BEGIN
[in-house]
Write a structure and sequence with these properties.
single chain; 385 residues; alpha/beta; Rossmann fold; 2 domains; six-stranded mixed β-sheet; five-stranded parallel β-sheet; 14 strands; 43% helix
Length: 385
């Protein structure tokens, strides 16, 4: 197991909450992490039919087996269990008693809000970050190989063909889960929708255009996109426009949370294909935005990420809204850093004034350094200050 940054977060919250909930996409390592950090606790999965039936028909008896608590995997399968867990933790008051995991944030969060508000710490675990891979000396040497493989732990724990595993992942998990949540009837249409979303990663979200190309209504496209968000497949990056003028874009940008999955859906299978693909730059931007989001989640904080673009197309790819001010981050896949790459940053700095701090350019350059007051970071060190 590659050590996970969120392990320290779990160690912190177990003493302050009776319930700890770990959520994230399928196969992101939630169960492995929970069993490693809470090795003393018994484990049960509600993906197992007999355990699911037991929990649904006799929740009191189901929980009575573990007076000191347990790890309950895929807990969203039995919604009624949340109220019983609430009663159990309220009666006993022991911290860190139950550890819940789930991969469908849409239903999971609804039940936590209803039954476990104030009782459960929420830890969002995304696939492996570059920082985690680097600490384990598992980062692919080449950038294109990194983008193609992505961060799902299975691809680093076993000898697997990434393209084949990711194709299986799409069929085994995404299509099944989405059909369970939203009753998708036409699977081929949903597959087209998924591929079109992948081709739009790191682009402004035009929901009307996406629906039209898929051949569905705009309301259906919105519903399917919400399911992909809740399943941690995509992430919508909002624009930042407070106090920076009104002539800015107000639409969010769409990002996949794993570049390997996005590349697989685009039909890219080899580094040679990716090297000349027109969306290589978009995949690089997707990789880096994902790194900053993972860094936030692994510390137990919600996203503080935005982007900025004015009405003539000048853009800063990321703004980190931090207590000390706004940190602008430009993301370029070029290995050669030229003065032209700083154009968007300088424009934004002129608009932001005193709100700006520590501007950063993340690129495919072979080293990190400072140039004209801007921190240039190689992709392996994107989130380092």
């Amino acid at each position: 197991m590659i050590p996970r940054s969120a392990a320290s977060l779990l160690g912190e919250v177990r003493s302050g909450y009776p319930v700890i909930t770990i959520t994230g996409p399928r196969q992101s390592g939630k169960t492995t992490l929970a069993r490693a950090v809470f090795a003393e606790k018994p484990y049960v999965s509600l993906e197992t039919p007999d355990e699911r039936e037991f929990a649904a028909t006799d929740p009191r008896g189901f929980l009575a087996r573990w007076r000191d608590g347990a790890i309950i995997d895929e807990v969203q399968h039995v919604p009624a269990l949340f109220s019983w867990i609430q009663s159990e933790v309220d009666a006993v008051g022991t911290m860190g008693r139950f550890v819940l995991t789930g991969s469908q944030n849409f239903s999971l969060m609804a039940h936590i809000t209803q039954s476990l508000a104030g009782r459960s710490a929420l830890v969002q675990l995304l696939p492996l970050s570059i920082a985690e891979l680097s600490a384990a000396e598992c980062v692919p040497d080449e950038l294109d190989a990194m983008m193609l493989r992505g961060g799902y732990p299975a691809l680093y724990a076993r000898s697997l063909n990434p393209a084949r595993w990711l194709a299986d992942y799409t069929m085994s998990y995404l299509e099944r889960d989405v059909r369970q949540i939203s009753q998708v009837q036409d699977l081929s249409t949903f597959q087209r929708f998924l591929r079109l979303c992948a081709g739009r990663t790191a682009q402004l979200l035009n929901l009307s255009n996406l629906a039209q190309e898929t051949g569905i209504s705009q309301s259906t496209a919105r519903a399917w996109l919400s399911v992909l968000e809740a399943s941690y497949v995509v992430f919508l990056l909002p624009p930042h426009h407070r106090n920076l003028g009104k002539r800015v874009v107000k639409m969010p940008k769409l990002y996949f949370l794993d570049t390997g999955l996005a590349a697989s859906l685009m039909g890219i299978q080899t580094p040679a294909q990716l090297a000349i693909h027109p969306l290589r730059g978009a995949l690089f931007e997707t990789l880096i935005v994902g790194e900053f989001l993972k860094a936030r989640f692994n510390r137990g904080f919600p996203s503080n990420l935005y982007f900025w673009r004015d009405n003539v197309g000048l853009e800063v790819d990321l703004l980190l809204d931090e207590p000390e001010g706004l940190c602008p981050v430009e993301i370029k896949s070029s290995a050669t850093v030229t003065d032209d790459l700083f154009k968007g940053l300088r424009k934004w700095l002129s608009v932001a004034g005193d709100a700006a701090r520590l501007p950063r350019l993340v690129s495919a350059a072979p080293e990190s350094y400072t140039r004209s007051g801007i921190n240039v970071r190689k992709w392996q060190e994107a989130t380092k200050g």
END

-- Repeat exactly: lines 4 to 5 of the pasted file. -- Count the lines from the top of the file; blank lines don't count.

Length: 385
């Protein structure tokens, strides 16, 4: 197991909450992490039919087996269990008693809000970050190989063909889960929708255009996109426009949370294909935005990420809204850093004034350094200050 940054977060919250909930996409390592950090606790999965039936028909008896608590995997399968867990933790008051995991944030969060508000710490675990891979000396040497493989732990724990595993992942998990949540009837249409979303990663979200190309209504496209968000497949990056003028874009940008999955859906299978693909730059931007989001989640904080673009197309790819001010981050896949790459940053700095701090350019350059007051970071060190 590659050590996970969120392990320290779990160690912190177990003493302050009776319930700890770990959520994230399928196969992101939630169960492995929970069993490693809470090795003393018994484990049960509600993906197992007999355990699911037991929990649904006799929740009191189901929980009575573990007076000191347990790890309950895929807990969203039995919604009624949340109220019983609430009663159990309220009666006993022991911290860190139950550890819940789930991969469908849409239903999971609804039940936590209803039954476990104030009782459960929420830890969002995304696939492996570059920082985690680097600490384990598992980062692919080449950038294109990194983008193609992505961060799902299975691809680093076993000898697997990434393209084949990711194709299986799409069929085994995404299509099944989405059909369970939203009753998708036409699977081929949903597959087209998924591929079109992948081709739009790191682009402004035009929901009307996406629906039209898929051949569905705009309301259906919105519903399917919400399911992909809740399943941690995509992430919508909002624009930042407070106090920076009104002539800015107000639409969010769409990002996949794993570049390997996005590349697989685009039909890219080899580094040679990716090297000349027109969306290589978009995949690089997707990789880096994902790194900053993972860094936030692994510390137990919600996203503080935005982007900025004015009405003539000048853009800063990321703004980190931090207590000390706004940190602008430009993301370029070029290995050669030229003065032209700083154009968007300088424009934004002129608009932001005193709100700006520590501007950063993340690129495919072979080293990190400072140039004209801007921190240039190689992709392996994107989130380092």